Control of Congress Rests on Handful of Critical Variables

It’s too early to make a definitive call on the midterm elections, but here are some key factors shaping the campaign landscape.

The Generic Congressional Ballot: This poll asks people which party they would support in a congressional election, without mentioning any specific candidate. So far, Democrats have a clear advantage. RealClearPolitics, a political polling and news aggregator, shows the party with an average lead of 9 points on the generic ballot, based on polling data dating back to January 2017.

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GOP Lawmakers Aim To Stave Off Government Shutdown

Lawmakers are again leaving town without making some tough decisions, punting numerous issues into the new year ahead of a midnight Friday deadline to keep the federal government open.

Given the disagreement among congressional Republicans—not to mention with Democrats—on everything from how much money to dole out to various agencies, to how to deal with foreigners illegally brought to the U.S. as children, GOP leaders have decided to leave Washington on a high note after passing their massive overhaul of the tax code. Continue reading “GOP Lawmakers Aim To Stave Off Government Shutdown”

Democratic Win Inadvertently Helps Republican ‘Wildcards’ Gain Clout

Republicans’ loss in this week’s special election in Alabama strengthens the hands of a cadre of independent-minded Senate GOPers.

Republican Sens. Lisa Murkowski of Alaska, Arizona’s Jeff Flake and John McCain, Rand Paul of Kentucky, Susan Collins of Maine, Tennessee’s Bob Corker and occasionally others have used the GOP’s tenuous 52-48 majority to their advantage, threatening to hold up major legislation unless they get certain concessions. Continue reading “Democratic Win Inadvertently Helps Republican ‘Wildcards’ Gain Clout”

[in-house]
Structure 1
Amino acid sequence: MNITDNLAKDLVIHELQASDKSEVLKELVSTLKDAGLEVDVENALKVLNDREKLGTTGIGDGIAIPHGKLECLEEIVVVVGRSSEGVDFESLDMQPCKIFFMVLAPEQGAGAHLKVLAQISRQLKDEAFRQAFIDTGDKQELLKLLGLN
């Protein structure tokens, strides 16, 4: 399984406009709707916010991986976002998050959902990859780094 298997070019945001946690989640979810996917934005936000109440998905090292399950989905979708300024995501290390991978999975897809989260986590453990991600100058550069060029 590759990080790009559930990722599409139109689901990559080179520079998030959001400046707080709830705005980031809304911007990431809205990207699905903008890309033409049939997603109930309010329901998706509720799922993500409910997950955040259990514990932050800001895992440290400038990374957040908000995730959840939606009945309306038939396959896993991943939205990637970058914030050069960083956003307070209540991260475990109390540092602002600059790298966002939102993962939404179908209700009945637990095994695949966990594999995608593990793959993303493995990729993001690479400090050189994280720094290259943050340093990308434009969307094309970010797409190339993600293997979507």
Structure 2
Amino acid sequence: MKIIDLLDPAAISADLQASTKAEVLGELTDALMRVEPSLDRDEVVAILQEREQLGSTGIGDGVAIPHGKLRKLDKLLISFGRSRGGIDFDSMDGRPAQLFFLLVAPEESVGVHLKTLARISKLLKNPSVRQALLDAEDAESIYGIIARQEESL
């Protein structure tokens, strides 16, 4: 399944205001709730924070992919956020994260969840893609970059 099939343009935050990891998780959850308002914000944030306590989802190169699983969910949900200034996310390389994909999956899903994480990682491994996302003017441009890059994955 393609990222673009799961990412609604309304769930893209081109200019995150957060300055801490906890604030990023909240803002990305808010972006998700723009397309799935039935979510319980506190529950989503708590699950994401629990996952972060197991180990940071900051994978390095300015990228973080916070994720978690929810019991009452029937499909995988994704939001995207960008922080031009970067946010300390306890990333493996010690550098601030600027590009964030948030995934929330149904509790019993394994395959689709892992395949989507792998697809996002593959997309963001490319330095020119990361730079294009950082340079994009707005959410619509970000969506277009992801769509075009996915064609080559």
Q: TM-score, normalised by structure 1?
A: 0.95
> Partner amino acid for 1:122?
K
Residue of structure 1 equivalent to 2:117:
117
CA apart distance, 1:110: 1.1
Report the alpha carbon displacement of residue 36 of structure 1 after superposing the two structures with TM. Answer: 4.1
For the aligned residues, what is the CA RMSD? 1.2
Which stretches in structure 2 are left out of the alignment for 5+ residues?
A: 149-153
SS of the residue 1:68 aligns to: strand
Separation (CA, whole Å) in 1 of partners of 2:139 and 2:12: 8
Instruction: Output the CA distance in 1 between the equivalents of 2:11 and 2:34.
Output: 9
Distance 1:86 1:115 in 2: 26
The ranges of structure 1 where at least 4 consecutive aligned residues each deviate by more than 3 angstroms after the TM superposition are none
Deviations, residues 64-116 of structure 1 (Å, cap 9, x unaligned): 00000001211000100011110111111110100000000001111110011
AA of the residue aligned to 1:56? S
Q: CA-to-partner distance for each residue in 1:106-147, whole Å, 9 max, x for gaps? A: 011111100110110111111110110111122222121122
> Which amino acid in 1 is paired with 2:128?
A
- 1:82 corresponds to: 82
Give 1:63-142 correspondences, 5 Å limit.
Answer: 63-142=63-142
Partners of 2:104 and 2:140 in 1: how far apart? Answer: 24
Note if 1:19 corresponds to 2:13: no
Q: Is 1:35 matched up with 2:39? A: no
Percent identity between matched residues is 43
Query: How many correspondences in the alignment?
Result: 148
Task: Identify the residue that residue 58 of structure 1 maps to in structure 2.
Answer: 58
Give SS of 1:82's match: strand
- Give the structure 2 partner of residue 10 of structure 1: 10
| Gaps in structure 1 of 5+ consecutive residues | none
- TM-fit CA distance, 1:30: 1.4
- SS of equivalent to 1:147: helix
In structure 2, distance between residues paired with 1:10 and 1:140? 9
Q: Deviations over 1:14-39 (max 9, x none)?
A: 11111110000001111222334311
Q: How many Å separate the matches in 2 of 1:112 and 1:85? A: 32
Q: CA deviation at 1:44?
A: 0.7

Palace Intrigue at the State Department: Trump Contemplates Plan to Force Out Secretary of State

Reports that President Trump may force out Secretary of State Rex Tillerson and replace him with CIA Director Mike Pompeo have rocked Washington, D.C., once again underscoring the ongoing turmoil within the administration.

To some extent, this isn’t a surprise. Washington pundits have been writing Tillerson’s political obituary ever since reports emerged this summer that the secretary of state privately called Trump a “moron.”

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Consumer Watchdog Down But Not Out

The Consumer Financial Protection Bureau is set to lose some of its potency. Although Republicans—who have opposed the agency since its inception—will succeed in extracting some of its teeth, the GOP won’t be able to totally defang it.

Now that CFPB Director Richard Cordray is stepping down at the end of the month, President Trump, a critic of the consumer watchdog, is free to nominate a more business-friendly replacement. The administration also will work with congressional Republicans, many of whom want to dismantle the agency, to revamp its structure and refocus its mission. Continue reading “Consumer Watchdog Down But Not Out”

GOPer Roy Moore Is Trouble For Party Establishment

Republican firebrand Roy Moore’s easy victory in this week’s Alabama Senate primary runoff against appointed Sen. Luther Strange sent a chill down the spine of the party establishment. And the takeaway for Capitol Hill Republicans was crystal clear: Deliver on key campaign promises, such as repealing Obamacare, or face swift intra-party ouster—no matter how much money or how many high-profile endorsements you’ve pocketed.